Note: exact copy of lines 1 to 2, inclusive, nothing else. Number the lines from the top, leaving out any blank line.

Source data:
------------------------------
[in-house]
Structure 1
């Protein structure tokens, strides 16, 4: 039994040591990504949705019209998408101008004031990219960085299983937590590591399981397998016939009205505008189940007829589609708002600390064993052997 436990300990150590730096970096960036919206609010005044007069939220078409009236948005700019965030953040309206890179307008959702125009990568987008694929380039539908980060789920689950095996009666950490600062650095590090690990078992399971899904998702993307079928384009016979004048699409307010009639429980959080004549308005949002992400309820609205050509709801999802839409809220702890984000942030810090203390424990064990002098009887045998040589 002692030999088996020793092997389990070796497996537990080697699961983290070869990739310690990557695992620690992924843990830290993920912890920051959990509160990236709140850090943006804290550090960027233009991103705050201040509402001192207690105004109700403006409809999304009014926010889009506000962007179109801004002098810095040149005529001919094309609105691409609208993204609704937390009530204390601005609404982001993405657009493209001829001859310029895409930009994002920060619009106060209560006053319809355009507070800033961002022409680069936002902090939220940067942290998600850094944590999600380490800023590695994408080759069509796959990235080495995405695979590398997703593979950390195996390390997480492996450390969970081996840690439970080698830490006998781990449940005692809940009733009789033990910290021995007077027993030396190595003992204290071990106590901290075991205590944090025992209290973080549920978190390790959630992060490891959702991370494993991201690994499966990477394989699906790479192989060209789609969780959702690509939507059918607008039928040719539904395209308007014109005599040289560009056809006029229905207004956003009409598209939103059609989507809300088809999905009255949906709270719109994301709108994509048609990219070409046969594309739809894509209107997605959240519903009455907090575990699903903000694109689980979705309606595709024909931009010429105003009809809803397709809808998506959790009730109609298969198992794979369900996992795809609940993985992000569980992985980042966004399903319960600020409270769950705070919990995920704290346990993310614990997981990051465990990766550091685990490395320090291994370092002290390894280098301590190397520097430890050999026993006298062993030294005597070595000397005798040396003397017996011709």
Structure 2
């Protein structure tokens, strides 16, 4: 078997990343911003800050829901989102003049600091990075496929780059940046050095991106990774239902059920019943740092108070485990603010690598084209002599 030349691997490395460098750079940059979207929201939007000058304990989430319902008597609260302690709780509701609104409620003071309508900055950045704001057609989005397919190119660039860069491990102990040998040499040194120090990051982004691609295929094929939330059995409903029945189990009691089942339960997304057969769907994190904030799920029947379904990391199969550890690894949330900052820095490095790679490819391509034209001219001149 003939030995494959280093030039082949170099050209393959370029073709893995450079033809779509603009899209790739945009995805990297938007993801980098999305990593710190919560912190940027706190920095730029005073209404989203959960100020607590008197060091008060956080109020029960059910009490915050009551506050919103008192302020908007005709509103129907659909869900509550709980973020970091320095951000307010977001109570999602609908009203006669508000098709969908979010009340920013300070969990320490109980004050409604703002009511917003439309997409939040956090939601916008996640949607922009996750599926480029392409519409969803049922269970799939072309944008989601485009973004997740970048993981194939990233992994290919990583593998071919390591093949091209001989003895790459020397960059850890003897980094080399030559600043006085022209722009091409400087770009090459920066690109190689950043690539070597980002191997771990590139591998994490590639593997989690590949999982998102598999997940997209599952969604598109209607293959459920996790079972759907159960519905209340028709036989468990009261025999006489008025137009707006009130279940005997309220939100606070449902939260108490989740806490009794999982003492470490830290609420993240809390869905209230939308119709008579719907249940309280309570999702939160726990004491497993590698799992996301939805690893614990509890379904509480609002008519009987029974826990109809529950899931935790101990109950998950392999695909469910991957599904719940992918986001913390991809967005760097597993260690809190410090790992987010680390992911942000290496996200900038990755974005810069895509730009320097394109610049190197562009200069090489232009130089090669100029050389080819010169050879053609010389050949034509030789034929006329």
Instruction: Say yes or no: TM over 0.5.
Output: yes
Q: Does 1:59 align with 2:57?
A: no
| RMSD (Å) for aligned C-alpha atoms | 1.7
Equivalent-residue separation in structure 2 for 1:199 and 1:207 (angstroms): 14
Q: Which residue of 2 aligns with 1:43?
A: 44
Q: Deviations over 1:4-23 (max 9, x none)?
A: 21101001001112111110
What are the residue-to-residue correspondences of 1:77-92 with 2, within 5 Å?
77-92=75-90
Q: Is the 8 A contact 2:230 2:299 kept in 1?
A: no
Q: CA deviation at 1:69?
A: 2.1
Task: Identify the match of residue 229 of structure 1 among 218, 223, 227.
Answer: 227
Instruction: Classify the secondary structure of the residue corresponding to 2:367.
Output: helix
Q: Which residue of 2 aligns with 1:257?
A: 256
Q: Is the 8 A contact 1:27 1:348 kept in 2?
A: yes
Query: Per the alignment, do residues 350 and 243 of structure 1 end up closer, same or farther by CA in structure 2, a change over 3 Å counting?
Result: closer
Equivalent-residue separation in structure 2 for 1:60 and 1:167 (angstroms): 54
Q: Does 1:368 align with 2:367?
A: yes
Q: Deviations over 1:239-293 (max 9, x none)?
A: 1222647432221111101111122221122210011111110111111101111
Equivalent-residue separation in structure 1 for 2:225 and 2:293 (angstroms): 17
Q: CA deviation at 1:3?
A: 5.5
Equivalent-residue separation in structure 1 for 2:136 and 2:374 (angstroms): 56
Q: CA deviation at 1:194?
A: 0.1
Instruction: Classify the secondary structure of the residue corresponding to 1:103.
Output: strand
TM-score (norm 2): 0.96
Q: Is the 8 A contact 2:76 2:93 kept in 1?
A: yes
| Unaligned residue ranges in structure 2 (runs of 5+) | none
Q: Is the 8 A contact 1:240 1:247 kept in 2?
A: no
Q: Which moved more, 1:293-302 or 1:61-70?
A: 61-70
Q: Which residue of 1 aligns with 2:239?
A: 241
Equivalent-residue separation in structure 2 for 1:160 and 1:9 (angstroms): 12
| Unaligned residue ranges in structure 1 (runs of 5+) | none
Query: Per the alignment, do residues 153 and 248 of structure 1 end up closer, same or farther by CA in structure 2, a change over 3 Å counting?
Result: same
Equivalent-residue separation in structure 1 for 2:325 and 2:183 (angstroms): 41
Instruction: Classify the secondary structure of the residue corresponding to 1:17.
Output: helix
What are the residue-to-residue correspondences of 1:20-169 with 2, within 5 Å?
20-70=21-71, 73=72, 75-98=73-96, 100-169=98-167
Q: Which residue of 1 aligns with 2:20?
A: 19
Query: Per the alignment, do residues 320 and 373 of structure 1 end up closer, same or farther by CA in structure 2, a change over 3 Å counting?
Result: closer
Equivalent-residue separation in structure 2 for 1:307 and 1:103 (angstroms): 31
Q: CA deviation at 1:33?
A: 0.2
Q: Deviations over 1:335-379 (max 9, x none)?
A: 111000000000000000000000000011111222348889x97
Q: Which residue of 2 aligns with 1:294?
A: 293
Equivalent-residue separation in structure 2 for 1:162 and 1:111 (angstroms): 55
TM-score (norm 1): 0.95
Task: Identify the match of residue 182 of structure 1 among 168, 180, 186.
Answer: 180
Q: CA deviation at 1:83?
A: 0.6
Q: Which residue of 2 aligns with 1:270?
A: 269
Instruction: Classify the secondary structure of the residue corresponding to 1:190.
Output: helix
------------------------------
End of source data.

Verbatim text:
[in-house]
Structure 1